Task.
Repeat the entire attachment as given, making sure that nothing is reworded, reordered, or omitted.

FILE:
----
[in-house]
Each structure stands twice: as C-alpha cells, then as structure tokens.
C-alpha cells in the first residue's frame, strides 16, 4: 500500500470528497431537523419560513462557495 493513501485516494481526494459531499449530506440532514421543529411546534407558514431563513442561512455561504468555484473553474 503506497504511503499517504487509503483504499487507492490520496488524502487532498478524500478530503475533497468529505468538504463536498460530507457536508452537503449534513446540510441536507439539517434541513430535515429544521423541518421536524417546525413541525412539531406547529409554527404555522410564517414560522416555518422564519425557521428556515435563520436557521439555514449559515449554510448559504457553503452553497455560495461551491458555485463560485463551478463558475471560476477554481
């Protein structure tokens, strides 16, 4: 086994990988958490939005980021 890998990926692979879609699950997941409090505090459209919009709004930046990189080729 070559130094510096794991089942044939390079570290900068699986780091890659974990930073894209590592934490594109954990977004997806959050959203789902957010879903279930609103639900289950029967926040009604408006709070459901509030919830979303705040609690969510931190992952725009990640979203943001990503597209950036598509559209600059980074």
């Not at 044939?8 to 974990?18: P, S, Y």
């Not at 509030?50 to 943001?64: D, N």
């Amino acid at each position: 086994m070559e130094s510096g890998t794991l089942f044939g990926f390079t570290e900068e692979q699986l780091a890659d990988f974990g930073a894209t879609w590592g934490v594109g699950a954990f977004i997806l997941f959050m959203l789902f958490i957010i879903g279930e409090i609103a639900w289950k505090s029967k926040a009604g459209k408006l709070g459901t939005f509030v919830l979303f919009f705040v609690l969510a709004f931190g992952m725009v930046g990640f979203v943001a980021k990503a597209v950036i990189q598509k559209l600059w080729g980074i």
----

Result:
[in-house]
Each structure stands twice: as C-alpha cells, then as structure tokens.
C-alpha cells in the first residue's frame, strides 16, 4: 500500500470528497431537523419560513462557495 493513501485516494481526494459531499449530506440532514421543529411546534407558514431563513442561512455561504468555484473553474 503506497504511503499517504487509503483504499487507492490520496488524502487532498478524500478530503475533497468529505468538504463536498460530507457536508452537503449534513446540510441536507439539517434541513430535515429544521423541518421536524417546525413541525412539531406547529409554527404555522410564517414560522416555518422564519425557521428556515435563520436557521439555514449559515449554510448559504457553503452553497455560495461551491458555485463560485463551478463558475471560476477554481
């Protein structure tokens, strides 16, 4: 086994990988958490939005980021 890998990926692979879609699950997941409090505090459209919009709004930046990189080729 070559130094510096794991089942044939390079570290900068699986780091890659974990930073894209590592934490594109954990977004997806959050959203789902957010879903279930609103639900289950029967926040009604408006709070459901509030919830979303705040609690969510931190992952725009990640979203943001990503597209950036598509559209600059980074």
């Not at 044939?8 to 974990?18: P, S, Y």
């Not at 509030?50 to 943001?64: D, N």
């Amino acid at each position: 086994m070559e130094s510096g890998t794991l089942f044939g990926f390079t570290e900068e692979q699986l780091a890659d990988f974990g930073a894209t879609w590592g934490v594109g699950a954990f977004i997806l997941f959050m959203l789902f958490i957010i879903g279930e409090i609103a639900w289950k505090s029967k926040a009604g459209k408006l709070g459901t939005f509030v919830l979303f919009f705040v609690l969510a709004f931190g992952m725009v930046g990640f979203v943001a980021k990503a597209v950036i990189q598509k559209l600059w080729g980074i």